Jerky. It’s that time-honored, protein packed snack synonymous with hikers, hunters and the great outdoors. But, it’s also a go-to everyday snack for many who are looking for a filling, flavorful protein boost and by people looking for easily stored, quick snacks while saving on freezer, counter and refrigerator space.
Whether your taste leans more toward cracked pepper, teriyaki or more exotic flavors, your jerky journey starts with a food dehydrator. While shopping, think about how and how often you’ll be using the dehydrator. Some things to consider are
- Size: How much food will you dry at once? Where will the dehydrator be stored?
- Number of shelves or racks you’ll need in the dehydrator
- Visibility: Some models are clear to give you a view of the food during the dehydration process
Dehydrators offer various temperature settings. Most operate between 90 and 160 degrees F. And if you don’t have a dehydrator, some ranges even have a dehydration setting. You can also dehydrate foods in your oven, though you should check your range’s use and care manual for specific temperature suggestions.
Once you have chosen a dehydrator, it’s time to get to work making jerky. Dehydrating meat and other foods can be a bit labor-intensive on the front end, but that will save time later. “There’s a lot of prep work, a lot of slicing that needs to be done to get the product ready to dehydrate,” said Nancy Becker, a home economist with AHAM member National Presto, which manufactures food dehydrators. But that work saves time later, Becker says. “You can just take it right out of the jar and eat it.”
Like all cooking, the jerky-making process starts with safety. Dehydration won’t necessarily bring the meat to 165 degrees, the temperature necessary to kill bacteria. Plan on cooking your meat to 165 either before or after dehydration. Since you’ll most likely be marinating your jerky, Becker suggests boiling the meat in the marinade.
Any type of meat or fish can be made into jerky. Dehydrators are popular for preserving game meat. If you’re buying a cut of beef, choose a leaner cut or ask your butcher to recommend a good cut of lean meat. Trim away any visible fat. Beef, however, will still contain some marbling that can contribute to rancidity, Becker says.
Will Wagner, a jerky-making veteran of 20 years, author of the cookbook “Jerkyholic,” favors eye of round for making beef jerky. “It’s inexpensive and there’s not a lot of fat,” he says. Beginning jerky makers will probably find most of the ingredients for a basic marinade – salt, Worcestershire sauce, soy sauce, garlic – already in their kitchen, Wagner says. When you’re ready to experiment, try incorporating different flavors. Wagner prefers spicy jerky, flavored with peppers like Carolina reaper and habenero. “That really kicks it up and makes it interesting,” he says. His current favorite is Habanero Tabasco jerky (recipe below). He also recommends Dos Pepper Jerky, which combines ground black and lemon pepper for a spicy kick, and The Best Homemade Jerky, which incorporates habaneros, Wworcestershire sauce, sea salt, onion powder and black pepper.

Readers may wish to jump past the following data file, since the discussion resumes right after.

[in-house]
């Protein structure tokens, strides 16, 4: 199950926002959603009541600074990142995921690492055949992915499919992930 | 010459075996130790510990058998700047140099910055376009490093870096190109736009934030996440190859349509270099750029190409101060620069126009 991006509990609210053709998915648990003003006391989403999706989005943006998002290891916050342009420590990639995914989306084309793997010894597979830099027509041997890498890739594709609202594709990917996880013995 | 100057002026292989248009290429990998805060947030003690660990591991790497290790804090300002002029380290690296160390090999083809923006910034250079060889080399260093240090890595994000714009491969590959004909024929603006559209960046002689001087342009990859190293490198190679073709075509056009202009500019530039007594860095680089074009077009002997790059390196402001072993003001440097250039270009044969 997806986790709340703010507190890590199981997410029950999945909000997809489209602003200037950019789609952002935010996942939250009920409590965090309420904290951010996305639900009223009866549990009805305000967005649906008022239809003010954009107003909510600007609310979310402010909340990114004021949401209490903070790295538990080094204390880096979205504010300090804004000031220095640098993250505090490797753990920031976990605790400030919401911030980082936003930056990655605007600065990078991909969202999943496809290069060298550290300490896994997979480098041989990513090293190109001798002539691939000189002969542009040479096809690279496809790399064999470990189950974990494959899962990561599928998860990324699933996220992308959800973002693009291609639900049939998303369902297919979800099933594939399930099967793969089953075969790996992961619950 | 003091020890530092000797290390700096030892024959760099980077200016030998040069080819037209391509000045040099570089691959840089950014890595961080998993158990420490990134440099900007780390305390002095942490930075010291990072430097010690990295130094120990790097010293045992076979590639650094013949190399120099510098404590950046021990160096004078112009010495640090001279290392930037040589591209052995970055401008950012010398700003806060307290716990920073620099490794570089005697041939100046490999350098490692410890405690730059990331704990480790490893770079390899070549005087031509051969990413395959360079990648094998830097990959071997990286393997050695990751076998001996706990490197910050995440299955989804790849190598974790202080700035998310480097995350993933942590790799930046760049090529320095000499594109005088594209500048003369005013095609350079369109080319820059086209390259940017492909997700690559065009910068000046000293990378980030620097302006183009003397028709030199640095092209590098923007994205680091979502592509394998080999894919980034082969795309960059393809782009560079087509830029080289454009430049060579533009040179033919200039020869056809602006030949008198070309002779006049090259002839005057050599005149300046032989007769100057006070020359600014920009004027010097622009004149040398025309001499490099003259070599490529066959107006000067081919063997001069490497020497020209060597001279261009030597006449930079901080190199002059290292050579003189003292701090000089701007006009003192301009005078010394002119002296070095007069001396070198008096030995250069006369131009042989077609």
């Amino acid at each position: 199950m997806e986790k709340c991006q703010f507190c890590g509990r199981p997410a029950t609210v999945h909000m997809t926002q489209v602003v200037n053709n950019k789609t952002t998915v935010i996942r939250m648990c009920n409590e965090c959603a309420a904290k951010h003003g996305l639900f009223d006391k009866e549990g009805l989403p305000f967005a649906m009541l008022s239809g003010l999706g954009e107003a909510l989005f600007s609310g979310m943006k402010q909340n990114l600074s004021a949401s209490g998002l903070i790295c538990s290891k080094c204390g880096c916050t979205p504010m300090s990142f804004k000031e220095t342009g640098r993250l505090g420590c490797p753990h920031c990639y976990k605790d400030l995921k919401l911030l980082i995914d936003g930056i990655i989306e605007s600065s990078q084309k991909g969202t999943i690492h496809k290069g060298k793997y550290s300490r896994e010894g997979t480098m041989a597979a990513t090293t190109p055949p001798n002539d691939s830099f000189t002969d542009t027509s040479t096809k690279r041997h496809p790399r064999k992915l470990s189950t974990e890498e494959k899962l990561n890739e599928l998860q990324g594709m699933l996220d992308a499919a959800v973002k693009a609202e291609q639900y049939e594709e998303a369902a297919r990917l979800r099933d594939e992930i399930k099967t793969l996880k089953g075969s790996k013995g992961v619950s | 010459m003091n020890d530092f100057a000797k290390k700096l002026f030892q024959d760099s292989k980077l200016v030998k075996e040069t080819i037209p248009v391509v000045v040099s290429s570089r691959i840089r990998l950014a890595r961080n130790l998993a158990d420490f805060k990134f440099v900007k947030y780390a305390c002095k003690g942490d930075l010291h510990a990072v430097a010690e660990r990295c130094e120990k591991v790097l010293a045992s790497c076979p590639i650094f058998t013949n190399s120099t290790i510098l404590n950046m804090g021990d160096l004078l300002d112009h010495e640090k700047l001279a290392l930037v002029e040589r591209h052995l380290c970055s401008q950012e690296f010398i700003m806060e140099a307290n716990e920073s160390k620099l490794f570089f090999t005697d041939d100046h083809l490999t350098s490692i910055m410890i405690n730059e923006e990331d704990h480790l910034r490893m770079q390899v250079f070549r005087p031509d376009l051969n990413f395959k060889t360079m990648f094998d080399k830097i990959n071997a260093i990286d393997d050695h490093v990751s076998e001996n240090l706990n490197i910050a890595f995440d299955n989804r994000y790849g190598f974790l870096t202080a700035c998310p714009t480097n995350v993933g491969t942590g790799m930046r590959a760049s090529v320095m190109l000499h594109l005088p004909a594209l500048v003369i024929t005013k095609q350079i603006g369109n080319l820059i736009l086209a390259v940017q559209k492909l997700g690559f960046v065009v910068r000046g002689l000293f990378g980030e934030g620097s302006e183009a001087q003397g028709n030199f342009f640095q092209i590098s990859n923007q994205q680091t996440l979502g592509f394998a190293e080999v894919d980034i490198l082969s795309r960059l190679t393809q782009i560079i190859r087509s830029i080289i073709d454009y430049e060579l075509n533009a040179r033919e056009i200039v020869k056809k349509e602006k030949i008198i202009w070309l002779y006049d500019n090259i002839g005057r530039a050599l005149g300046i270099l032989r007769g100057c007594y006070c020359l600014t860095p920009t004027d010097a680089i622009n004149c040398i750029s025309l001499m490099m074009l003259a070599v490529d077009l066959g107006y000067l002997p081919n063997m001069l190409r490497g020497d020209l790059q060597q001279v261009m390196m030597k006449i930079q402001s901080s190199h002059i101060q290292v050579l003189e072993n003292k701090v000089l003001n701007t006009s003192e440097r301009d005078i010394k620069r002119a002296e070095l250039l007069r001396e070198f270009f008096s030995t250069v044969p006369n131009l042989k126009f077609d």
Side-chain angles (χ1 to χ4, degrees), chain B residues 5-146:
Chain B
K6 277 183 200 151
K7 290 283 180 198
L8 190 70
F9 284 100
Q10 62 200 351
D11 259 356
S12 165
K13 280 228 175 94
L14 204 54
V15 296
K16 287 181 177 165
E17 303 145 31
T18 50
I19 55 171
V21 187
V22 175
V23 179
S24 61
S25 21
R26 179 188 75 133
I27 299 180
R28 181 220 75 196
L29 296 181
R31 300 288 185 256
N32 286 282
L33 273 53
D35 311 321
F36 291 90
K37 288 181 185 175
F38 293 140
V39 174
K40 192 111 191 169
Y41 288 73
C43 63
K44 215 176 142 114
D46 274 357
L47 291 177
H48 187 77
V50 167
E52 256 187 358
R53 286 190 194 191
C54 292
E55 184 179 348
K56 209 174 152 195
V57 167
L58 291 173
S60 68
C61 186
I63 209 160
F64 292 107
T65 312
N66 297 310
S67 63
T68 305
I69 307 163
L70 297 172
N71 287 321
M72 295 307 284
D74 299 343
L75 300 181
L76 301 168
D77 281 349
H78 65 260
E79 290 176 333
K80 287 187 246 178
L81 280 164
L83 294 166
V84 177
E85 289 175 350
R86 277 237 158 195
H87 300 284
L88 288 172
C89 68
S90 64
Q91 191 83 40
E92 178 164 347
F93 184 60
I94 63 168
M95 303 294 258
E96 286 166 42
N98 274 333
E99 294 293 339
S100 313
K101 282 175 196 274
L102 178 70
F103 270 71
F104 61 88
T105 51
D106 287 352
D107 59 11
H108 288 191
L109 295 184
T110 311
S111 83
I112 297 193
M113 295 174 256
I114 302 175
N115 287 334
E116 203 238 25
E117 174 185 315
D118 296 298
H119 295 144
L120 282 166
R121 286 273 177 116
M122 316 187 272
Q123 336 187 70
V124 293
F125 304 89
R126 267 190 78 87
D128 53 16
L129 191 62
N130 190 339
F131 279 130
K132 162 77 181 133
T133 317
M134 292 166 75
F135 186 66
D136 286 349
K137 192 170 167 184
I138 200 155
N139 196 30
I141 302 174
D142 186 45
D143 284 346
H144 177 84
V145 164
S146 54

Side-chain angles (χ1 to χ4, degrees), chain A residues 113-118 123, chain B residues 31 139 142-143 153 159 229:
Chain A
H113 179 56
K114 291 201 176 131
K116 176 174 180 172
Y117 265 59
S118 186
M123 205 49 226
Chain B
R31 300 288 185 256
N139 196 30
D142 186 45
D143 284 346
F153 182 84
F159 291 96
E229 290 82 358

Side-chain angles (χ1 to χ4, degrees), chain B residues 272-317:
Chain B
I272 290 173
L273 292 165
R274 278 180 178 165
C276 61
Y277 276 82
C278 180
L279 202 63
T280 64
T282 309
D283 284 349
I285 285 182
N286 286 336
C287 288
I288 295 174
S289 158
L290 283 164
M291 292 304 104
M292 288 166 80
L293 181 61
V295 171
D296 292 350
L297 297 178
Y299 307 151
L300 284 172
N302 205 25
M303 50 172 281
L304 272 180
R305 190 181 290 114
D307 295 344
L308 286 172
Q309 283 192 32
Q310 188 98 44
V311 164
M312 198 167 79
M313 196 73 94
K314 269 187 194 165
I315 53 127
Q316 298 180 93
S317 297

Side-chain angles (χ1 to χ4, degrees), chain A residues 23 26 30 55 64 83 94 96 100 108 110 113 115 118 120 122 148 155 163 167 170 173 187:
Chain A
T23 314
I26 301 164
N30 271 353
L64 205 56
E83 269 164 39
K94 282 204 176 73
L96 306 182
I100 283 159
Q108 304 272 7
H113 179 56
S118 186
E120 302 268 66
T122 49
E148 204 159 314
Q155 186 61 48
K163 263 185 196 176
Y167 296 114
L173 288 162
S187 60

If you haven’t chosen a marinade or seasoning, now is the time to get creative. You are bound only by your meat-loving imagination, but here are a few ideas to stimulate your creativity, and appetite:
Harissa Jerky (Beef Jerky Hub): The mixture is meant to emulate harissa, a sweet, spicy paste common in North Africa.
Habanero Tabasco Jerky (Jerkyholic): A spicy recipe that combines tabasco habanero sauce with Worcestershire, black pepper, garlic and smoked paprika.
Spicy Maple Siracha Beef Jerky (The Kitchn): Sweet, savory and spicy flavors unite.
When slicing the meat into strips, Becker recommends either cutting while frozen meat is partially thawed or putting fresh meat into the freezer to make it firmer. “It will slice much better,” she says. However, wait until it is fully thawed to put it into the dehydrator. How long you marinate the meat depends on the recipe, but it’s common to marinate meat overnight or even longer.
Your dehydrator’s use and care manual will provide specifics on how long the drying process will take. That will also depend on the thickness of the cut and the amount in the dehydrator. “The best way to determine whether it is done is to take the strip and bend it,” Becker says. “You want it to crack a little bit, but not completely break.”
Storing jerky: Jerky doesn’t last forever. Jerky can be kept at room temperature in a sealed container for two weeks, according to the National Center for Home Food Preservation at the University of Georgia. It should be kept in the refrigerator or freezer if you plan on storing it for longer periods, Becker says.
Jerky is great, but sometimes, you want to add more plants to your diet. You can use your dehydrator on fruits and vegetables, too. Dried fruit makes a great snack, and vegetables can be rehydrated to use in recipes. A few things to know:
- They’re going to shrink. “What astonishes most people is when you load the dehydrator, it looks like you have a tremendous amount of food,” Becker says. “When you’re done, it looks like you have a snack.” Fruits and vegetables with a high water content will be much smaller once they are dehydrated.
- Some fruits, like bananas and apples, brown quickly after they are sliced. “If you don’t want those color changes, you have to pre-treat them,” Becker says. She recommends dipping them in pineapple or lemon juice after slicing. “If you’re going to store them for a few months, it will minimize those color changes.”
Do you have an exotic or unique jerky recipe? Share it in the comments below.